- Paliwal S, Kovi RC, Nath B, Chen YW, Lewis BC, Grossman SR. The alternative reading frame tumor suppressor antagonizes hypoxia-induced cancer cell migration via interaction with the COOH-terminal binding protein corepressor. Cancer Res. 2007; 67:9322.
- Chen YW, Paliwal S, Draheim K, Grossman SR, Lewis BC. p19Arf inhibits the invasion of hepatocellular carcinoma cells by binding to C-terminal binding protein. Cancer Res. 2008; 68:476. PMCID: PMC2376045.
- Naidu SR, Love IM, Imbalzano AN, Grossman SR, Androphy EJ. The SWI/SNF chromatin remodeling subunit BRG1 is a critical regulator of p53 necessary for proliferation of malignant cells. Oncogene. 2009; 28:2492. PMCID: PMC2708319.
- Shi D, Pop MS, Kulikov R, Love IM, Kung AL, Grossman SR. CBP and p300 are cytoplasmic E4 polyubiquitin ligases for p53. Proc Natl Acad Sci USA. 2009; 106:16275. PMCID: PMC2752525.
- Kulikov R, Letienne J, Kaur M, Grossman SR, Arts J, Blattner C. Mdm2 facilitates the association of p53 with the proteasome. Proc Natl Acad Sci USA. 2010; 107:10038. PMCID: PMC2890462.
- Kovi RC, Paliwal S, Pande S, Grossman SR. An ARF/CtBP2 complex regulates BH3-only gene expression and p53-independent apoptosis. Cell Death Differ. 2010; 17:513. PMCID: PMC2924672.
- Straza MW, Paliwal S, Kovi RC, Rajeshkumar B, Trenh P, Parker D, Whalen GF, Lyle S, Schiffer CA, Grossman SR. Therapeutic targeting of C-terminal binding protein in human cancer. Cell Cycle. 2010; 9:3740. PMCID: PMC3047800.
- Shi D, Grossman SR. Ubiquitin becomes ubiquitous in cancer: emerging roles of ubiquitin ligases and deubiquitinases in tumorigenesis and as therapeutic targets. Cancer Biol Ther. 2010; 10:737. PMCID: PMC3023568.
- Muniz VP, Barnes JM, Paliwal S, Zhang X, Tang X, Chen S, Zamba KD, Cullen JJ, Meyerholz DK, Meyers S, Davis JN, Grossman SR, Henry MD, Quelle DE. The ARF tumor suppressor inhibits tumor cell colonization independent of p53 in a novel mouse model of pancreatic ductal adenocarcinoma metastasis. Mol Cancer Res. 2011; 9:867. PMCID: PMC3140613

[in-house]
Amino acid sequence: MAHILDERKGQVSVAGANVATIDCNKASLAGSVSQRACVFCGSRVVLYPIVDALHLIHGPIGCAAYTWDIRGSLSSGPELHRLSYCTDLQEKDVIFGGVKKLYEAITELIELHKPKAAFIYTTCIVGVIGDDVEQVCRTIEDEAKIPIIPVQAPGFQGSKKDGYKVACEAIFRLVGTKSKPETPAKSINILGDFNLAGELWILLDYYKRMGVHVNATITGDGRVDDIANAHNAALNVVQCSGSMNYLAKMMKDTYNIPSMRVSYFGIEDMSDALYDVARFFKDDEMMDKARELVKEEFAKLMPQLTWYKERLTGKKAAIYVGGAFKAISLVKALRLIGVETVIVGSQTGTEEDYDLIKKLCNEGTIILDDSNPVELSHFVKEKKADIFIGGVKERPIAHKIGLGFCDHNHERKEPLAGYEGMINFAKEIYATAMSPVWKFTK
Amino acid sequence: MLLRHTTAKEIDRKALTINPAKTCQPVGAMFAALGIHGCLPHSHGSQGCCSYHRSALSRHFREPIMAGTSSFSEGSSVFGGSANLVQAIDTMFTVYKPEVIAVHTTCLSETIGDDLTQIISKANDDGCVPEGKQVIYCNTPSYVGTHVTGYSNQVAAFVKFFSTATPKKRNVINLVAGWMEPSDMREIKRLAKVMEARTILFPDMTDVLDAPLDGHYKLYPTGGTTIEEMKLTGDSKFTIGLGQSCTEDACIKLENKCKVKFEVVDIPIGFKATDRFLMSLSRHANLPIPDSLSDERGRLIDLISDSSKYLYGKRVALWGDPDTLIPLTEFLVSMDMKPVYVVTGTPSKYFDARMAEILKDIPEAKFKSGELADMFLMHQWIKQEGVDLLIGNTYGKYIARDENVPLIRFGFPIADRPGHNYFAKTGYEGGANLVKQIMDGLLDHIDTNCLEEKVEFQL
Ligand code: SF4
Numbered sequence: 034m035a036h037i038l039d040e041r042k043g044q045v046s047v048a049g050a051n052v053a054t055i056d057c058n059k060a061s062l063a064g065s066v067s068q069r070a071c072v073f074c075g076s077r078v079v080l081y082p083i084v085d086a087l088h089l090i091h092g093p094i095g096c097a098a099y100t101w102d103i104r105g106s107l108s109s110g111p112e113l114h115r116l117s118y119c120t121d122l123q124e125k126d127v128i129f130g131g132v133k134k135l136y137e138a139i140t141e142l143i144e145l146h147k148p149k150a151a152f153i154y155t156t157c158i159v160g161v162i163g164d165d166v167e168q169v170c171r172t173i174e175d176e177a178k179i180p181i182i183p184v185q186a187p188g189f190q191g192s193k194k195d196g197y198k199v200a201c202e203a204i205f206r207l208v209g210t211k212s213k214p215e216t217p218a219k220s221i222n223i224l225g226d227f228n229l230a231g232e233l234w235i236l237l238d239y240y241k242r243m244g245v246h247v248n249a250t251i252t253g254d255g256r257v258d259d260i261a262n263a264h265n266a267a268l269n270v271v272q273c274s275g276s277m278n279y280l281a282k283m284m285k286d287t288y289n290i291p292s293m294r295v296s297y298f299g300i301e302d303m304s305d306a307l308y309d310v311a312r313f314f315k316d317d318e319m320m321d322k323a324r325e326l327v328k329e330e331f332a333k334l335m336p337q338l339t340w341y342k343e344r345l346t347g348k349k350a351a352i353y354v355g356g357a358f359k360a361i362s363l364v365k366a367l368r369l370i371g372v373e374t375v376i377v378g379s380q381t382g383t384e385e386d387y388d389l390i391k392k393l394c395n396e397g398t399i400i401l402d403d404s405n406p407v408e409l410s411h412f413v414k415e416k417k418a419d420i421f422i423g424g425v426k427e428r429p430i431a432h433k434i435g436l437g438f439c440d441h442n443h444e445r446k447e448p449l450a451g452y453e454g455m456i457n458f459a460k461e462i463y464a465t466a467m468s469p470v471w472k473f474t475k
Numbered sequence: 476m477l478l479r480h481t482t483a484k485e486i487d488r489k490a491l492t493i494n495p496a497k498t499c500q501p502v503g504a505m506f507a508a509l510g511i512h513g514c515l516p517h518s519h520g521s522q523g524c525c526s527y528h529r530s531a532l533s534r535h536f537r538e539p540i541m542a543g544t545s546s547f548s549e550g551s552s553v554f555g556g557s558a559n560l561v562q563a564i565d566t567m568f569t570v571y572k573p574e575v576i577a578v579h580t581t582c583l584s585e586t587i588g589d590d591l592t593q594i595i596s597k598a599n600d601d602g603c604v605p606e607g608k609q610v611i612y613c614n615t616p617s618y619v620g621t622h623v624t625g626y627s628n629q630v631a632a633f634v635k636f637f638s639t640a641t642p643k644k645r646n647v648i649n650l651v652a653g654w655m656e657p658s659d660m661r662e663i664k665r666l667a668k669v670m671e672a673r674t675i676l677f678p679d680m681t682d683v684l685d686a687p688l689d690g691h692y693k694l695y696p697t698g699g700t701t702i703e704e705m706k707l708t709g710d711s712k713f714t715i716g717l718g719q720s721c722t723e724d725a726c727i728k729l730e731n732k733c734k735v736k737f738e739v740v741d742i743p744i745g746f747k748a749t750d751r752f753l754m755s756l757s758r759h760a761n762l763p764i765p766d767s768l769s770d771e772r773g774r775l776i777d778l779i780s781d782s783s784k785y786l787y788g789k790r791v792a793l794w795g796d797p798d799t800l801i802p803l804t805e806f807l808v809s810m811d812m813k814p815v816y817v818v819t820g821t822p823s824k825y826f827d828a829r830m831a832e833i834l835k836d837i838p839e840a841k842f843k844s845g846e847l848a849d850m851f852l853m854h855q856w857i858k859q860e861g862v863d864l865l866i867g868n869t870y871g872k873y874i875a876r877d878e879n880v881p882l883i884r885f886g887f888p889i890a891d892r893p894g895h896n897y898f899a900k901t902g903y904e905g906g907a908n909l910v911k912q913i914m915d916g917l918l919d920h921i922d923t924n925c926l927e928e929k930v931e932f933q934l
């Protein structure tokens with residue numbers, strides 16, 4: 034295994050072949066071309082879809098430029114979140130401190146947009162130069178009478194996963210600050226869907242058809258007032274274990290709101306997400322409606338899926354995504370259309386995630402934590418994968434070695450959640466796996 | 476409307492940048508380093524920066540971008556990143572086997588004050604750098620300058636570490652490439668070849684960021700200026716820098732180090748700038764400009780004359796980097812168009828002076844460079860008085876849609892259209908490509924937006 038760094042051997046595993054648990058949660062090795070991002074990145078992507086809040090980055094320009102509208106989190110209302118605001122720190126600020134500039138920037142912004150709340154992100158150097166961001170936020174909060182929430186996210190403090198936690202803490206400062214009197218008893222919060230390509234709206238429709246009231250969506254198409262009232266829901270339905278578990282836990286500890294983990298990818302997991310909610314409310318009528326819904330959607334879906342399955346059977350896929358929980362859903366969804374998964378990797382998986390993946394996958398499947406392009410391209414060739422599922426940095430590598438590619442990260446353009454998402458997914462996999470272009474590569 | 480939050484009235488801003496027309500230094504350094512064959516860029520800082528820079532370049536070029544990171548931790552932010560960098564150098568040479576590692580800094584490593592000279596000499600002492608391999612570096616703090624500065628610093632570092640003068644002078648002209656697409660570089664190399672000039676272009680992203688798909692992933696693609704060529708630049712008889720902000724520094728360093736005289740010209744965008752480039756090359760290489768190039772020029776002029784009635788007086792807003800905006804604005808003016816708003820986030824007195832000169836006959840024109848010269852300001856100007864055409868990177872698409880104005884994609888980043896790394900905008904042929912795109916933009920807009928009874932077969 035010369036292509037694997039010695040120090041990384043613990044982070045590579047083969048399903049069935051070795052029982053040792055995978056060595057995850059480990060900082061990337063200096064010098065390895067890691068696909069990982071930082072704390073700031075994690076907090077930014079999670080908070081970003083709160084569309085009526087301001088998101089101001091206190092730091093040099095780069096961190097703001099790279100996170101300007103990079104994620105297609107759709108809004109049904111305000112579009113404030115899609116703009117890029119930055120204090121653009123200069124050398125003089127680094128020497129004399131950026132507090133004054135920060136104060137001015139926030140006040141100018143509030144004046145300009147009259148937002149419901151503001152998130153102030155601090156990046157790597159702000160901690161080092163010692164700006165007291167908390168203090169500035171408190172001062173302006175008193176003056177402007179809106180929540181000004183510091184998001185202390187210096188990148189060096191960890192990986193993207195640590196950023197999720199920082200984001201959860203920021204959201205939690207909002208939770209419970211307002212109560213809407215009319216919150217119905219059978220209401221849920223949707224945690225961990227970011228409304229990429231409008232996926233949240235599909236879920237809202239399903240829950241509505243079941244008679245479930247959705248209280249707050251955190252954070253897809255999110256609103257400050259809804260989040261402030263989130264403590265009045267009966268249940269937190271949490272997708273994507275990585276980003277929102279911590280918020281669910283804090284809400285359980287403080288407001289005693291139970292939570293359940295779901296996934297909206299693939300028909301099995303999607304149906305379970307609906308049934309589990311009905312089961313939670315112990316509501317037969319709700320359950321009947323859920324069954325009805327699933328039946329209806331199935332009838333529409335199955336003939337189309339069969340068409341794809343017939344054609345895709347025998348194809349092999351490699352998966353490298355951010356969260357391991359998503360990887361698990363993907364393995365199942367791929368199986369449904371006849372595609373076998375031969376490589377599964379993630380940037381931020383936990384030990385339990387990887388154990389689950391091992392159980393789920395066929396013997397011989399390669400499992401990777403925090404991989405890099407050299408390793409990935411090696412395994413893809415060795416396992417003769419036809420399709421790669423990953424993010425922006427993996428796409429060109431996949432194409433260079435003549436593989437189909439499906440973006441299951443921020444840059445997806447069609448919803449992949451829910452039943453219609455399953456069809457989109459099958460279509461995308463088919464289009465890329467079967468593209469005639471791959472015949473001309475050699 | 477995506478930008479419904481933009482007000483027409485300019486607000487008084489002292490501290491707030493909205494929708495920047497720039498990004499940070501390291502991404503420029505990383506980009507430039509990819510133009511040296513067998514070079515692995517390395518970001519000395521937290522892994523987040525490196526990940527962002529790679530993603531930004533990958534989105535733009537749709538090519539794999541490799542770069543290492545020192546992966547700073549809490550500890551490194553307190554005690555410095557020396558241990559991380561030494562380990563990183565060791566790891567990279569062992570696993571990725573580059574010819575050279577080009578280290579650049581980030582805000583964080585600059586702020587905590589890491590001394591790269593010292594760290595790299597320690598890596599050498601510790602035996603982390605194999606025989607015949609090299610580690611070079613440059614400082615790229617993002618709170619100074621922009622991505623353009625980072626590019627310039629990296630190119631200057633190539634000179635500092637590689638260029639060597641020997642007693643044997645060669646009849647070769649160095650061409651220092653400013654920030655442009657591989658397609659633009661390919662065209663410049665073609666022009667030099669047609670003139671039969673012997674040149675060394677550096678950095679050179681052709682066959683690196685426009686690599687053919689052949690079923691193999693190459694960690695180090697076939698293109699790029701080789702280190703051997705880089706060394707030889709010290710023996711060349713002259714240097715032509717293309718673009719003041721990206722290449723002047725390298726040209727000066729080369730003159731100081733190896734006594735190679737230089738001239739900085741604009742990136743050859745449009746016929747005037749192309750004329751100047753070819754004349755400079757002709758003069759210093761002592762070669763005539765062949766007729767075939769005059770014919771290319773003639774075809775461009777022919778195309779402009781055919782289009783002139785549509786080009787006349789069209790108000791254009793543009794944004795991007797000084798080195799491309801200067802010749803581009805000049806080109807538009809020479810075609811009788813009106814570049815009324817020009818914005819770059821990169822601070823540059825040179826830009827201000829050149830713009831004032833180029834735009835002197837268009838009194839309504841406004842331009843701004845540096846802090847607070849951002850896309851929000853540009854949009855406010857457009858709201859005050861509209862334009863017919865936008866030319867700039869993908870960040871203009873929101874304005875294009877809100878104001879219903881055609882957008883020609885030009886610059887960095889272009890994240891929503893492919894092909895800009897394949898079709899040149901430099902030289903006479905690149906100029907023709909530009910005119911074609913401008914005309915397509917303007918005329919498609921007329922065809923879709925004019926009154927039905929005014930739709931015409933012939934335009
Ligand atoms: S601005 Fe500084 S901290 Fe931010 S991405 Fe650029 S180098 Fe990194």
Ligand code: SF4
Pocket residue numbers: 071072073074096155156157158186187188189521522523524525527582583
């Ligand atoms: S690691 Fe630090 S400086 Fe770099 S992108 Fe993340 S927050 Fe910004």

- Love IM, Sekaric P, Shi D, Grossman SR*, Androphy EJ*. The histone acetyltransferase PCAF regulates p21 transcription through stress-induced acetylation of histone H3. Cell Cycle. 2012; 11:2458-66. (*co-corresponding authors)
- Love IM and Grossman SR. It Takes 15 to Tango- Making Sense of the Many Ubiquitin Ligases of p53. Genes Can. 2012; 3:249
- Paliwal S Ho N, Parker D, Grossman SR. CtBP2 Promotes Human Cancer Cell Migration by Transcriptional Activation of Tiam1. Genes Cancer. 2012 3:481.
- Vaughan CA, Singh S, Windle B, Yeudall WA, Frum R, Grossman SR, Deb SP, Deb S. Gain-of-Function Activity of Mutant p53 in Lung Cancer through Up-Regulation of Receptor Protein Tyrosine Kinase Axl. Genes Cancer. 2012 3:491.
- Cetin V, Piperdi B, Bathini V, Walsh WV, Yunus S, Tseng JF, Whalen GF, Wassef WY, Kadish SP, Fitzgerald TJ, Mikule C, Wang Y, Grossman SR. A Phase II Trial of Cetuximab, Gemcitabine, 5-Fluorouracil, and Radiation Therapy in Locally Advanced Nonmetastatic Pancreatic Adenocarcinoma. Gastrointest Cancer Res. 2013 6:S2-9.